Every year, 32 NFL teams come together to try to find the superstars in the NFL draft, players they can build a team around and players who will be impactful for many years.
This is mostly true of teams that have struggled of late. For teams that have done well and pick later in the draft, they are looking for players who can start immediately and be solid players. They do not have to dominate, they simply have to be a solid cog in the machine. That's what this list looks at.
These players represent those with the highest floor in the draft, and more importantly, players who can start for their team on day one, needing minimal work to make that transition from college to the NFL.
Trent Murphy is not a guy who is going to go high in the first round, and he's not a player who is going to be flashy. If you want a defensive end who can start day one and be simply productive for many years, however, he's your guy.
Murphy had 14 sacks for Stanford last year and has been the anchor of the team's defense throughout his career there. He's played a mix of outside linebacker and defensive end and is comfortable at both positions.
Aside from his productivity, he is a polished player who has good awareness. He is big enough to be able to overpower smaller players, yet quick enough so that those players do not simply get by him.
I'm not convinced he has the athleticism to be great at outside linebacker, but should a 4-3 defensive team take him, he could easily start, say, one on the edge and be a well-rounded talent for that team.
Only once every few years does a wide receiver come along that could be a franchise-type player, one who can not only be a No. 1 receiver from day one, but also notch a couple Pro Bowl bids and be a force in the NFL.
A.J. Green was the last one, and Sammy Watkins appears to be the next. He put up big numbers throughout his time at Clemson, and even when playing alongside other first-round receivers (e.g. DeAndre Hopkins), he still showed himself to be the best one.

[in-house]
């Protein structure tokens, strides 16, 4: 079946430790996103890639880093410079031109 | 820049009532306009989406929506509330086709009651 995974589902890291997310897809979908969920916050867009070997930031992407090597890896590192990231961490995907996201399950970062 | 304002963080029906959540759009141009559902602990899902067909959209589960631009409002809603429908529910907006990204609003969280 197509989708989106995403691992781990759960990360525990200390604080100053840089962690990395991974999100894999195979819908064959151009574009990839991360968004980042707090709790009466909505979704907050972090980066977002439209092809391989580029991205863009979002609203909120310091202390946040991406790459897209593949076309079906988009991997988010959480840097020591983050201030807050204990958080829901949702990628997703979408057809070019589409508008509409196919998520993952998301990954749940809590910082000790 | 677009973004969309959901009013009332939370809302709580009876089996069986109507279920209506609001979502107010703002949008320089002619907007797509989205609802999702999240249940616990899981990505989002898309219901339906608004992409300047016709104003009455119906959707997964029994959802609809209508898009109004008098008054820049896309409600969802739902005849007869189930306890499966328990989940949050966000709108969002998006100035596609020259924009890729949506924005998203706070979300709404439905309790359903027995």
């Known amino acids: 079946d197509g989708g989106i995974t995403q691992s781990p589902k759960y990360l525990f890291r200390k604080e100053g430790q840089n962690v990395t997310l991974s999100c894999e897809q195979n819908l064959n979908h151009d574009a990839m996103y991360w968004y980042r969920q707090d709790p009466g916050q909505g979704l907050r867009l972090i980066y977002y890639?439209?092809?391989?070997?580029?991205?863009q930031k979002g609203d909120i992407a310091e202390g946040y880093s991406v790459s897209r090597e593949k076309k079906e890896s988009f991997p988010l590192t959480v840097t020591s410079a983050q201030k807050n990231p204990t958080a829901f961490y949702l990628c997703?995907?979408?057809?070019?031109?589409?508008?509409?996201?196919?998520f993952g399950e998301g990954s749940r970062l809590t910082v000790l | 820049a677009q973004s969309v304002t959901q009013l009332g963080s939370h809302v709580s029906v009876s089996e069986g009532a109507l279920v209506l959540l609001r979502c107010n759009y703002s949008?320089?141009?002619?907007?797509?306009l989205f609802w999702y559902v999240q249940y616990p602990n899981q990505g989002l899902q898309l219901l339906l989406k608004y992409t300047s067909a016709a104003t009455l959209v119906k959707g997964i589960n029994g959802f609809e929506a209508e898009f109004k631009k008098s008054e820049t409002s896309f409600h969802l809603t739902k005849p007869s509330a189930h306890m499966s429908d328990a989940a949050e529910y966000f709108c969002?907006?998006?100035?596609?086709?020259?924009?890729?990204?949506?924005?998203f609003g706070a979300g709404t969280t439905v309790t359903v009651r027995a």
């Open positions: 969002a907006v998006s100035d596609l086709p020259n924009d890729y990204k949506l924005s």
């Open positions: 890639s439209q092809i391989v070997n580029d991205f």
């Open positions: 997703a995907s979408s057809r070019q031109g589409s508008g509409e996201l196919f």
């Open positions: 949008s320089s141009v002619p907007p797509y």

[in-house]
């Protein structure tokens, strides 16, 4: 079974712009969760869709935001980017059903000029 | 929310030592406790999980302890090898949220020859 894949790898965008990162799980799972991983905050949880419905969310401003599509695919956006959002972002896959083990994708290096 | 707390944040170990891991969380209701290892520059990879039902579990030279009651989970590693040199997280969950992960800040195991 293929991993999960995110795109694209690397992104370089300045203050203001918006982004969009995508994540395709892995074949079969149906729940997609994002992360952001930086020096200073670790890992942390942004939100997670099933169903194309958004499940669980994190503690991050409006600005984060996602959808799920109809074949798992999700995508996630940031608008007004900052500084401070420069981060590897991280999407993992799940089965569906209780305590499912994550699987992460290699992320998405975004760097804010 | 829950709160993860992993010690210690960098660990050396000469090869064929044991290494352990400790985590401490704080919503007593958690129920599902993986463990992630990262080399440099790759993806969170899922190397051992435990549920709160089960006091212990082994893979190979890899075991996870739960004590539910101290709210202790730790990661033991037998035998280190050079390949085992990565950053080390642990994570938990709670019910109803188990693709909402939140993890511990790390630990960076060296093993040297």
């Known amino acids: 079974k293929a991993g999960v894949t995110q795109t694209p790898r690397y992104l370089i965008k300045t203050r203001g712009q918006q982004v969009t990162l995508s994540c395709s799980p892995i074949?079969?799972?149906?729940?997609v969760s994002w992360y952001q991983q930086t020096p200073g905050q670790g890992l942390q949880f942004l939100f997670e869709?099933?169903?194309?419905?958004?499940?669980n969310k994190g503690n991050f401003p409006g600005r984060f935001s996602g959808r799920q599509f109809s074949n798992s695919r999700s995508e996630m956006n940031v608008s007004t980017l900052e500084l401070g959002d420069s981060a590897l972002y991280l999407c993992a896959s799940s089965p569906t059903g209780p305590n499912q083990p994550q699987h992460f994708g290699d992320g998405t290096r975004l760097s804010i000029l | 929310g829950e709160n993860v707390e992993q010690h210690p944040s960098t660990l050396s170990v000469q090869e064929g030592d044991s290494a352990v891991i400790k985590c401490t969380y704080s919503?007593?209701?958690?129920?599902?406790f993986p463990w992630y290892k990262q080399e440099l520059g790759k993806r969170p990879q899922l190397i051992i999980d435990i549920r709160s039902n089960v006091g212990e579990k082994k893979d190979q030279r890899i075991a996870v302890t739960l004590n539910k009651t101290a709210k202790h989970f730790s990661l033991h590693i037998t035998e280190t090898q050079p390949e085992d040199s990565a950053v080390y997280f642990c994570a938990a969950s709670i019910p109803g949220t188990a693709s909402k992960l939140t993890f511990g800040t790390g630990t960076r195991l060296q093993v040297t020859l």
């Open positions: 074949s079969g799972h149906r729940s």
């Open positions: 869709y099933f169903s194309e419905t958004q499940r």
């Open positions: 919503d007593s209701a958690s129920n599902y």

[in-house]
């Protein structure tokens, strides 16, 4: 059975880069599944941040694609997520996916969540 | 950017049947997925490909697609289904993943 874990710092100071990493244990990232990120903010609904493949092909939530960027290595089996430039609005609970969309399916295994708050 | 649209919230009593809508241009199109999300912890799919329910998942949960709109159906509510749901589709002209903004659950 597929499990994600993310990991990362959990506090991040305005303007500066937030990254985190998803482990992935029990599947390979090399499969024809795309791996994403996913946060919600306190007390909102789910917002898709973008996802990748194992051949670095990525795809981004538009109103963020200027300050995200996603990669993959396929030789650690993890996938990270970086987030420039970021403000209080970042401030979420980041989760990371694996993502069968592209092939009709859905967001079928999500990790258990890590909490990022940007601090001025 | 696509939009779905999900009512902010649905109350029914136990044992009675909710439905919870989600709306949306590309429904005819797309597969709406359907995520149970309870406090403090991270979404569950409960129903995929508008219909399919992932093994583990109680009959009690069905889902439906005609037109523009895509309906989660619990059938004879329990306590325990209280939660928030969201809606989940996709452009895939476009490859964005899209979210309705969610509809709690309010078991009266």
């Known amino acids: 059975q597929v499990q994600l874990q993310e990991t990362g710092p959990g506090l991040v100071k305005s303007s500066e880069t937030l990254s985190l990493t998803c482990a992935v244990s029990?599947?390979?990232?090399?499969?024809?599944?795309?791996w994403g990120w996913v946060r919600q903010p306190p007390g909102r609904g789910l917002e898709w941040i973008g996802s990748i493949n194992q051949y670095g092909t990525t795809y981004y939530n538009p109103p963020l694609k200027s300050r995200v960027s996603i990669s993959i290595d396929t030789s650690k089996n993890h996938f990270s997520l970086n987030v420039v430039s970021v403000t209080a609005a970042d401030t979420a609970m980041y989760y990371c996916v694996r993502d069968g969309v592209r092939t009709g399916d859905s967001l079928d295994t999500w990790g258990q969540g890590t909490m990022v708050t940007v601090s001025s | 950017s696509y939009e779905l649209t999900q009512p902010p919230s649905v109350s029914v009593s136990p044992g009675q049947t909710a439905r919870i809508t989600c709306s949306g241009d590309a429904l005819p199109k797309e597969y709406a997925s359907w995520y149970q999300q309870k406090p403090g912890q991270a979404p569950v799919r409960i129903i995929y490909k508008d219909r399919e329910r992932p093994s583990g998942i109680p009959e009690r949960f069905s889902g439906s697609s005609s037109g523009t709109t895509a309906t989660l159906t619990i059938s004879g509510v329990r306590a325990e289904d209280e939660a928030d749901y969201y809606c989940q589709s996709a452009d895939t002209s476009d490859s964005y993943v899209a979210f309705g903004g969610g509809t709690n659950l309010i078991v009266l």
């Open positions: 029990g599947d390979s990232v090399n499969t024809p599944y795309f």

Watkins has elite athleticism, and he spent this year fine-tuning any minor issues he had. What keeps me from putting him higher on this list is that he does not have great strength, so those 50-50 passes may be an issue down the road and may limit how good he can be.
He should have no issue being a top-10 selection, and unlike Tavon Austin a year earlier, he should find himself on the field immediately putting up big numbers in the NFL.
Blake Bortles is not the first quarterback in this year's draft class to come out of nowhere and rise up to first-round consideration. He is the first, however, to come out of nowhere whom I feel legitimately belongs there.
Bortles led UCF to only one loss his senior season and played against a few very tough opponents during that time. His ability to remain calm under pass-rushing pressure and lead his team to convincing wins made him look that much better as an NFL prospect.
Watching Bortles play the game of football is like watching a solid player who has been playing most of his life. He has a good arm and athleticism, but his pocket awareness and his ability to understand defenses are the best in this draft class.
That kind of skill set will always be in demand and should make him a day-one starter. He needs some fine-tuning, but any rough edges can be resolved by him simply playing in the NFL.
Finding a sure tight end is tough, since they have to have the strength to make blocks at the line of scrimmage and handle hits up the middle, yet they have to be athletic enough to act like a wide receiver when the situation calls for it.
Eric Ebron is the only tight end in this year's class who has enough of both where I'm able to consider him a top tight end talent, and that says something for a player with only eight career touchdowns.
Ebron is an athlete, first and foremost, and can be explosive at times, playing almost like a wide receiver who just happens to have a tight end body. His strength isn't fully there just yet, but that's a minor issue, and tight end is the type of position where a player without much experience in the role can flourish.